Cat massaging person - just as nice, really -- photo by mcwetboy (Flickr)
This article is about humans massaging cats. My girlfriend does cat massage on my lady cat. She seems to like it but I have never assessed it. I think my girlfriend likes it as much. After all, touching, stroking and being close to a purring cat is very pleasant indeed and it helps us to reduce our stress levels and lower our heart rate. But what about the real benefits to our cat of cat massage?
Well, it is said that when a mother cat licks its young vigorously you can see the "origins of therapeutic massage". The mother's tongue not only cleans but stimulates the kittens muscles, blood and lymph circulation (in fact a mother's lick can stimulate a kitten's bowl movement as well, just after birth, but that is another story). That tongue is an awfully effective tool.
Massaging is also said to "disperse pain and restore mobility and flexibility". Cat massage should therefore be particularly effective for more elderly cats.
Not only does massaging our cat help our cat but touching our cat in such a purposeful way can help us keep an eye on our cat's health through an inspection, by touch, of her or his physical condition. Cat health problems such as swelling and tenderness can be discovered, which may help in diagnosis of behavioral problems.
Cat massage - picture is all over the internet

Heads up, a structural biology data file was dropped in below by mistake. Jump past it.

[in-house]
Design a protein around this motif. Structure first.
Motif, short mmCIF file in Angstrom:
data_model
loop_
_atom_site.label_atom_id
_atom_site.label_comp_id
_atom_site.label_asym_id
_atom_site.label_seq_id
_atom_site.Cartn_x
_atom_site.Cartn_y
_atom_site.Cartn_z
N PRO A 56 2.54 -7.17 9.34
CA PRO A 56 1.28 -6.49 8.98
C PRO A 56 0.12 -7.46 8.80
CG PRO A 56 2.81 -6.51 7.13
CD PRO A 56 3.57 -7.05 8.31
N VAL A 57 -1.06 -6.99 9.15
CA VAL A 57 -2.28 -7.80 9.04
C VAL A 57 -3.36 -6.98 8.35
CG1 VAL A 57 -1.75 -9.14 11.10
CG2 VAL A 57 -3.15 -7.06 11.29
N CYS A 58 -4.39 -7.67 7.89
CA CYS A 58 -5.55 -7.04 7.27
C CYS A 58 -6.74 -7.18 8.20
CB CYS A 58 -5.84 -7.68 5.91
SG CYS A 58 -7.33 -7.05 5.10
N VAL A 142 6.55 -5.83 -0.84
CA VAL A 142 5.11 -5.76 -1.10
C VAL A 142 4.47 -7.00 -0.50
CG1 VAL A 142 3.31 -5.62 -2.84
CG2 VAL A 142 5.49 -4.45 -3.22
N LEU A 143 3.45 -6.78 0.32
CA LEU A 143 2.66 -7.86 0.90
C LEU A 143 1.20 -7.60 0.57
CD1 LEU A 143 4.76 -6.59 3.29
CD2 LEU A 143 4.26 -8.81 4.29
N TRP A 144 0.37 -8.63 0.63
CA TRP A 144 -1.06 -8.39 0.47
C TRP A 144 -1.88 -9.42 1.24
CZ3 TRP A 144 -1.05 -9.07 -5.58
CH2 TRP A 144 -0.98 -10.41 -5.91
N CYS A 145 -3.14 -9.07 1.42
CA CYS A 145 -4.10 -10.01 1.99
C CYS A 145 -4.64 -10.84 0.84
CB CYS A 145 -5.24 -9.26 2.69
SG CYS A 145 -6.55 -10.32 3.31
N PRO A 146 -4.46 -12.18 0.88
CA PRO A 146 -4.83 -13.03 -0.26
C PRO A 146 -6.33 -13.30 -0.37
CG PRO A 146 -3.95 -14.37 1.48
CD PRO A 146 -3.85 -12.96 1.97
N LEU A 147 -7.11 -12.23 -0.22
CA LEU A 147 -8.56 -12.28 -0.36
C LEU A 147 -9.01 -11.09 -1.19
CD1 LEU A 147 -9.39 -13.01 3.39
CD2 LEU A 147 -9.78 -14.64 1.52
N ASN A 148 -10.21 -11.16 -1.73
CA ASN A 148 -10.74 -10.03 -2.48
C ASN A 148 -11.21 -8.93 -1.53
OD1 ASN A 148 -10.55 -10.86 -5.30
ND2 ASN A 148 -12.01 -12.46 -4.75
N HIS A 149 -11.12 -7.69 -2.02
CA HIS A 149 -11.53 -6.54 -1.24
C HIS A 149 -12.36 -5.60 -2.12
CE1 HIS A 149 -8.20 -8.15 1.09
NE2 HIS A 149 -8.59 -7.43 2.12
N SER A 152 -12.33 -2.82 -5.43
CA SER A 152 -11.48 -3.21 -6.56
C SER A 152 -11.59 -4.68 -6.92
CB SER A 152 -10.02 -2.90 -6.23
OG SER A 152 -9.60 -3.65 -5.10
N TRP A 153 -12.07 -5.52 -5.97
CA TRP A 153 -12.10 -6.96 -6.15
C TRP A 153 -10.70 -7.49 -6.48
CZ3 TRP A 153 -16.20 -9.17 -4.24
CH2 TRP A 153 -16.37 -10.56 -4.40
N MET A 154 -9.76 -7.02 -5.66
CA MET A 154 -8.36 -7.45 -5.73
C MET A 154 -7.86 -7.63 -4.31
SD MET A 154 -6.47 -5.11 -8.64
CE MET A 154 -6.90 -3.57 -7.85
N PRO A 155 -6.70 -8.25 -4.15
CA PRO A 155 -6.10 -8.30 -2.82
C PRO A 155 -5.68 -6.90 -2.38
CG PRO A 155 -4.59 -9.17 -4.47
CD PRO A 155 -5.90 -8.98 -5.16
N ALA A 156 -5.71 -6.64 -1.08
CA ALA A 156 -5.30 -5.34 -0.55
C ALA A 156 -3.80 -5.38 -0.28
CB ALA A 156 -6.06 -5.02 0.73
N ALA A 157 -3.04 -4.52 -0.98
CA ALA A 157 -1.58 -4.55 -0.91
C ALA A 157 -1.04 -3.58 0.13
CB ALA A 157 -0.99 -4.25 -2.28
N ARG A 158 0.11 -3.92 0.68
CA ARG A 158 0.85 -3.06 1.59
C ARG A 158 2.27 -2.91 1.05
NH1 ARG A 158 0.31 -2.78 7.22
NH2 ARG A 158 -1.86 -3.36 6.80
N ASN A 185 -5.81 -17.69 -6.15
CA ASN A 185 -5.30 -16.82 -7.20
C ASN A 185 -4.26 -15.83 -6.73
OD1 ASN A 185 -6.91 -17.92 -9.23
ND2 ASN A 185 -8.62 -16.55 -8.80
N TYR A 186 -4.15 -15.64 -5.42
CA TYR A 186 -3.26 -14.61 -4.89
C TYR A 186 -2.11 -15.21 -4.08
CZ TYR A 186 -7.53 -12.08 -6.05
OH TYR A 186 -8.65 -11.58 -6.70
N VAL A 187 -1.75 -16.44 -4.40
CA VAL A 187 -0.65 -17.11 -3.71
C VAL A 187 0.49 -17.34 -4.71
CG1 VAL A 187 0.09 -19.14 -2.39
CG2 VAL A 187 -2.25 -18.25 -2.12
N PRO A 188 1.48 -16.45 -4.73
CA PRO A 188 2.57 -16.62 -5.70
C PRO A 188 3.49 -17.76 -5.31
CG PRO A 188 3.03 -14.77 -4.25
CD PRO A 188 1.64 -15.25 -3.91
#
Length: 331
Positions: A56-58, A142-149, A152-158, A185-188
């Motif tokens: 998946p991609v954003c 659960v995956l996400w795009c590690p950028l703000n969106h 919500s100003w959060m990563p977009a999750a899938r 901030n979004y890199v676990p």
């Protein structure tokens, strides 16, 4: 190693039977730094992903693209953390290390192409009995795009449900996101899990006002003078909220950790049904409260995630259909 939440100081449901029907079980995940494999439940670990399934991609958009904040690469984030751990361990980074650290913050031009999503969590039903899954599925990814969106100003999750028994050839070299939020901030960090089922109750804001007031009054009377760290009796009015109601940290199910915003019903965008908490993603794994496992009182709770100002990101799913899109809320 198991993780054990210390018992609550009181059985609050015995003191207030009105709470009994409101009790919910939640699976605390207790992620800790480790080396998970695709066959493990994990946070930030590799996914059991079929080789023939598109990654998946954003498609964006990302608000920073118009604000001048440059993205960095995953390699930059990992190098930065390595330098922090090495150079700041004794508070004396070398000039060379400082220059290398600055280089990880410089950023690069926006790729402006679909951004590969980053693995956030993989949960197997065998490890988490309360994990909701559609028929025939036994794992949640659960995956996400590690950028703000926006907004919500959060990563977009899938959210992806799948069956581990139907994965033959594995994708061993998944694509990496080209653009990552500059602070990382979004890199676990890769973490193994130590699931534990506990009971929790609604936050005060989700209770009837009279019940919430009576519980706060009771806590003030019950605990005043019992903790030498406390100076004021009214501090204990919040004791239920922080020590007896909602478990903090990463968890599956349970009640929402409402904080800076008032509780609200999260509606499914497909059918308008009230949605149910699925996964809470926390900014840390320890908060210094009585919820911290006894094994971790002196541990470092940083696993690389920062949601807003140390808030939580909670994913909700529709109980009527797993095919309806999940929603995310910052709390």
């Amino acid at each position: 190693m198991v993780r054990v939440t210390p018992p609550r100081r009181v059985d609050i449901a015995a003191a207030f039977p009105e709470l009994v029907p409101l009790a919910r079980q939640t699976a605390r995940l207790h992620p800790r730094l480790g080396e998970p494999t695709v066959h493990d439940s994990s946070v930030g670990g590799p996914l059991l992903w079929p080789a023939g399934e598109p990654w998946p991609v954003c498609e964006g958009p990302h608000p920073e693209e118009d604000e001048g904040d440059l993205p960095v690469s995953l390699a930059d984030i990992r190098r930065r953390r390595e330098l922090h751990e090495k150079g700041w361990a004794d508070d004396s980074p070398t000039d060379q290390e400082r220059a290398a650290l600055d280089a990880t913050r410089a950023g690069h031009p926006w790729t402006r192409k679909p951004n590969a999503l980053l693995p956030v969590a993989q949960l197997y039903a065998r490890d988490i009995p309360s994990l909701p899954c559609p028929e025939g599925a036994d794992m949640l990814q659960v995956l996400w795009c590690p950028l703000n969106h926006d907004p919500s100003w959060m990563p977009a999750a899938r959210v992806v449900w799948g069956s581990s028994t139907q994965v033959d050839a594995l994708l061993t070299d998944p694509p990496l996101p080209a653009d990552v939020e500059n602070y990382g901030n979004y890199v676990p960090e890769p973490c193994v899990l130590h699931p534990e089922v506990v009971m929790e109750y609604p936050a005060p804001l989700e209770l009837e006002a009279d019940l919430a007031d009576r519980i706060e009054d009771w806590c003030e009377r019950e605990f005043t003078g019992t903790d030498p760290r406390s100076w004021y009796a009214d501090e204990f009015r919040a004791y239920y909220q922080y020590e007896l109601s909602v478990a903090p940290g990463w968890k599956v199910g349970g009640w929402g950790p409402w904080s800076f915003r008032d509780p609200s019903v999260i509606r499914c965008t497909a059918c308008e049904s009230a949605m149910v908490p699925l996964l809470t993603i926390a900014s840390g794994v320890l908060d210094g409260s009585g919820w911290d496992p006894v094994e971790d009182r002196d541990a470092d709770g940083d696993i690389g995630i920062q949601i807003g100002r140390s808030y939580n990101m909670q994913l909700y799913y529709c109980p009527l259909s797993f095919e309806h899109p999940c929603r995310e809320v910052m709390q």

so must be in the public domain
How it Works
The skin is a sensory organ; the cat's largest. Massaging gently stimulates the release of chemicals called cytokines in the cells of the area massaged. It is thought that cytokines then instruct the brain to release the natural pain killing chemicals, endorphins.
Cytokines affect the cat's hormonal system and reduce the levels of hormones related to stress. Stress hormones weaken the immune system so there is another benefit.
In increasing the blood circulation there is a corresponding increase in the amount of oxygen reaching the tissues of the body, which in turn helps to flush out toxins and waste.
Apparently young cats benefit from massage later in life through being less stressed. Less stress means less stress hormones and a stronger immune system as mentioned.
Types of Massage
Effleurage: stroking in one direction, which is used at the beginning of the cat massage session to calm the cat.
Petrissage: refers to the specific muscle tissues and skin being stretched, kneaded, rolled, gently pinched and "wrung" (but very slightly). Tapping is also a form of massage (I actually use this but it is a very gentle and loving form). "Kneading" is the application of circular pressure with the palm of the hand over the cat's body. "Gently pinched" means picking up the soft tissues between fingers and thumb and then releasing. Wringing means "gently pushing and pulling the skin in both hands. "Rolling" describes the action of the skin being pushed away and pulled towards you. This is of course done with the greatest of respect and care for our cat (with gentleness and tenderness).
Commonsense and gentleness apply. Never massage areas of the body that are in anyway not healthy such as bruised or inflammed skin, fractures, ligament damage tumours etc.. A cat that has fever, clinical shock or heatstroke should not be massaged.
If your cat is recovering from an injury it should be done by a professional therapist. A vet should be able to advise.
As mentioned the first stage is effleurage aiding relaxation if done slowly. Next aid circulation through petrissage. First knead then pick up (see above). Then move on to wringing and rolling if your cat is enjoying it all as much as you!
Reference: Natural Cat Care by Dr. Bruce Fogle pages 80-81 published by DK. www.dk.com